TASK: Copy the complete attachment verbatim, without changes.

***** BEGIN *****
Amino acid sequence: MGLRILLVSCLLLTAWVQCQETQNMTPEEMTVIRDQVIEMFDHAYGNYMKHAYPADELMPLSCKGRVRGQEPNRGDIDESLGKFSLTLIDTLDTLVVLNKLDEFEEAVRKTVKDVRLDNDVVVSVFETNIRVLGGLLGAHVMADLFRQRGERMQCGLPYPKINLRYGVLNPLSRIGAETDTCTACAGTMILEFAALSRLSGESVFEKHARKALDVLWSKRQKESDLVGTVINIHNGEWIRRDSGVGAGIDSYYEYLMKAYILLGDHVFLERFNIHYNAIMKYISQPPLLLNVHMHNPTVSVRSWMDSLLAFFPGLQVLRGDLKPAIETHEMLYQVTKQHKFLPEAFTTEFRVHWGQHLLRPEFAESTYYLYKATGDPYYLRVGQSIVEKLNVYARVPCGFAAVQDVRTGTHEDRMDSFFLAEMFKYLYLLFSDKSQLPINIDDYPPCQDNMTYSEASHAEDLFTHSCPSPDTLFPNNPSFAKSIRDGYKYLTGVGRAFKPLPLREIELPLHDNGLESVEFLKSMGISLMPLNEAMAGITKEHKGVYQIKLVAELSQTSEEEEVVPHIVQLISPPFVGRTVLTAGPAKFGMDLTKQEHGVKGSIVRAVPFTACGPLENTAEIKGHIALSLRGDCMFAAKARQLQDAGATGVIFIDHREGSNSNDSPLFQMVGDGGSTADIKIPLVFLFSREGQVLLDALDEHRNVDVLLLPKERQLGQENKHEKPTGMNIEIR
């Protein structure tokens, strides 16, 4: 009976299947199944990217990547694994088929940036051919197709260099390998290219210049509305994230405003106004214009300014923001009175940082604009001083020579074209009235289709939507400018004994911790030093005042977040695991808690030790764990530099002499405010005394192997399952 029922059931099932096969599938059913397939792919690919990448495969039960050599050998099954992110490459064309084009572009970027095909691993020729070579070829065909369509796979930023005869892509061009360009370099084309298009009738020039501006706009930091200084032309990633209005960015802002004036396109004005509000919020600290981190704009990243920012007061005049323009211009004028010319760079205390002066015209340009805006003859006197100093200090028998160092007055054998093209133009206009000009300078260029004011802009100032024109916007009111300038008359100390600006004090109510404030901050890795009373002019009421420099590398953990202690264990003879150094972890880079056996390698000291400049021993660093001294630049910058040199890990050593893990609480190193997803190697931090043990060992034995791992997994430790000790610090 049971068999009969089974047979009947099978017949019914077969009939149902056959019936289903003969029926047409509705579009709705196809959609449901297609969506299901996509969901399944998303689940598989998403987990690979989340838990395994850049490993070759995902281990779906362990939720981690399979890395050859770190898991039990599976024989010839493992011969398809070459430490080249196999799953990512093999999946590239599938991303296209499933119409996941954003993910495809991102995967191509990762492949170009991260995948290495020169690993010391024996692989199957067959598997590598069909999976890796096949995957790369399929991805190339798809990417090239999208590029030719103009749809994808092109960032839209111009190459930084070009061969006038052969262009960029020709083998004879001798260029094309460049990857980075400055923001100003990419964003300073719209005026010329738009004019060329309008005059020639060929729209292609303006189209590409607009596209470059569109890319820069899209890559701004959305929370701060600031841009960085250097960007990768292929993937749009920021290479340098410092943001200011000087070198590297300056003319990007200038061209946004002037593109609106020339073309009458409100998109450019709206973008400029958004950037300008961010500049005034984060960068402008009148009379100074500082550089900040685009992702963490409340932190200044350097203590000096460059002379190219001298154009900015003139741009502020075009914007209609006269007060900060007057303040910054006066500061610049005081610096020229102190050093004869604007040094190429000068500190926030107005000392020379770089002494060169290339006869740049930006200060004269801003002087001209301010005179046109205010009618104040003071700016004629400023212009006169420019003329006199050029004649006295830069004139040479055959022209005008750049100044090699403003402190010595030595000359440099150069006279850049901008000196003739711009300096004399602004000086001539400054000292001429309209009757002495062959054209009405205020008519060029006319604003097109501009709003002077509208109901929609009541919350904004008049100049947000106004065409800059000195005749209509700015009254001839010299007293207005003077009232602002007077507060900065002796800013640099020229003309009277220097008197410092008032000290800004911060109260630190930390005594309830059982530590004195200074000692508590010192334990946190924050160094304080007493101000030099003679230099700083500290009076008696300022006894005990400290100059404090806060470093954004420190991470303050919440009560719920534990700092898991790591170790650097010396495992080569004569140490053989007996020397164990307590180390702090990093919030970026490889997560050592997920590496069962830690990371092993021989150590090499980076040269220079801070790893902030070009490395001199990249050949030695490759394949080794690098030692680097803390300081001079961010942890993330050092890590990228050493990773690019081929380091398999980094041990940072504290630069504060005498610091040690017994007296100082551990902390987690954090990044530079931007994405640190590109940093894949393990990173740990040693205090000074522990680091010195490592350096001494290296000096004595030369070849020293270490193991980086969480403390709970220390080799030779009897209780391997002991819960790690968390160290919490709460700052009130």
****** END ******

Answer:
Amino acid sequence: MGLRILLVSCLLLTAWVQCQETQNMTPEEMTVIRDQVIEMFDHAYGNYMKHAYPADELMPLSCKGRVRGQEPNRGDIDESLGKFSLTLIDTLDTLVVLNKLDEFEEAVRKTVKDVRLDNDVVVSVFETNIRVLGGLLGAHVMADLFRQRGERMQCGLPYPKINLRYGVLNPLSRIGAETDTCTACAGTMILEFAALSRLSGESVFEKHARKALDVLWSKRQKESDLVGTVINIHNGEWIRRDSGVGAGIDSYYEYLMKAYILLGDHVFLERFNIHYNAIMKYISQPPLLLNVHMHNPTVSVRSWMDSLLAFFPGLQVLRGDLKPAIETHEMLYQVTKQHKFLPEAFTTEFRVHWGQHLLRPEFAESTYYLYKATGDPYYLRVGQSIVEKLNVYARVPCGFAAVQDVRTGTHEDRMDSFFLAEMFKYLYLLFSDKSQLPINIDDYPPCQDNMTYSEASHAEDLFTHSCPSPDTLFPNNPSFAKSIRDGYKYLTGVGRAFKPLPLREIELPLHDNGLESVEFLKSMGISLMPLNEAMAGITKEHKGVYQIKLVAELSQTSEEEEVVPHIVQLISPPFVGRTVLTAGPAKFGMDLTKQEHGVKGSIVRAVPFTACGPLENTAEIKGHIALSLRGDCMFAAKARQLQDAGATGVIFIDHREGSNSNDSPLFQMVGDGGSTADIKIPLVFLFSREGQVLLDALDEHRNVDVLLLPKERQLGQENKHEKPTGMNIEIR
């Protein structure tokens, strides 16, 4: 009976299947199944990217990547694994088929940036051919197709260099390998290219210049509305994230405003106004214009300014923001009175940082604009001083020579074209009235289709939507400018004994911790030093005042977040695991808690030790764990530099002499405010005394192997399952 029922059931099932096969599938059913397939792919690919990448495969039960050599050998099954992110490459064309084009572009970027095909691993020729070579070829065909369509796979930023005869892509061009360009370099084309298009009738020039501006706009930091200084032309990633209005960015802002004036396109004005509000919020600290981190704009990243920012007061005049323009211009004028010319760079205390002066015209340009805006003859006197100093200090028998160092007055054998093209133009206009000009300078260029004011802009100032024109916007009111300038008359100390600006004090109510404030901050890795009373002019009421420099590398953990202690264990003879150094972890880079056996390698000291400049021993660093001294630049910058040199890990050593893990609480190193997803190697931090043990060992034995791992997994430790000790610090 049971068999009969089974047979009947099978017949019914077969009939149902056959019936289903003969029926047409509705579009709705196809959609449901297609969506299901996509969901399944998303689940598989998403987990690979989340838990395994850049490993070759995902281990779906362990939720981690399979890395050859770190898991039990599976024989010839493992011969398809070459430490080249196999799953990512093999999946590239599938991303296209499933119409996941954003993910495809991102995967191509990762492949170009991260995948290495020169690993010391024996692989199957067959598997590598069909999976890796096949995957790369399929991805190339798809990417090239999208590029030719103009749809994808092109960032839209111009190459930084070009061969006038052969262009960029020709083998004879001798260029094309460049990857980075400055923001100003990419964003300073719209005026010329738009004019060329309008005059020639060929729209292609303006189209590409607009596209470059569109890319820069899209890559701004959305929370701060600031841009960085250097960007990768292929993937749009920021290479340098410092943001200011000087070198590297300056003319990007200038061209946004002037593109609106020339073309009458409100998109450019709206973008400029958004950037300008961010500049005034984060960068402008009148009379100074500082550089900040685009992702963490409340932190200044350097203590000096460059002379190219001298154009900015003139741009502020075009914007209609006269007060900060007057303040910054006066500061610049005081610096020229102190050093004869604007040094190429000068500190926030107005000392020379770089002494060169290339006869740049930006200060004269801003002087001209301010005179046109205010009618104040003071700016004629400023212009006169420019003329006199050029004649006295830069004139040479055959022209005008750049100044090699403003402190010595030595000359440099150069006279850049901008000196003739711009300096004399602004000086001539400054000292001429309209009757002495062959054209009405205020008519060029006319604003097109501009709003002077509208109901929609009541919350904004008049100049947000106004065409800059000195005749209509700015009254001839010299007293207005003077009232602002007077507060900065002796800013640099020229003309009277220097008197410092008032000290800004911060109260630190930390005594309830059982530590004195200074000692508590010192334990946190924050160094304080007493101000030099003679230099700083500290009076008696300022006894005990400290100059404090806060470093954004420190991470303050919440009560719920534990700092898991790591170790650097010396495992080569004569140490053989007996020397164990307590180390702090990093919030970026490889997560050592997920590496069962830690990371092993021989150590090499980076040269220079801070790893902030070009490395001199990249050949030695490759394949080794690098030692680097803390300081001079961010942890993330050092890590990228050493990773690019081929380091398999980094041990940072504290630069504060005498610091040690017994007296100082551990902390987690954090990044530079931007994405640190590109940093894949393990990173740990040693205090000074522990680091010195490592350096001494290296000096004595030369070849020293270490193991980086969480403390709970220390080799030779009897209780391997002991819960790690968390160290919490709460700052009130």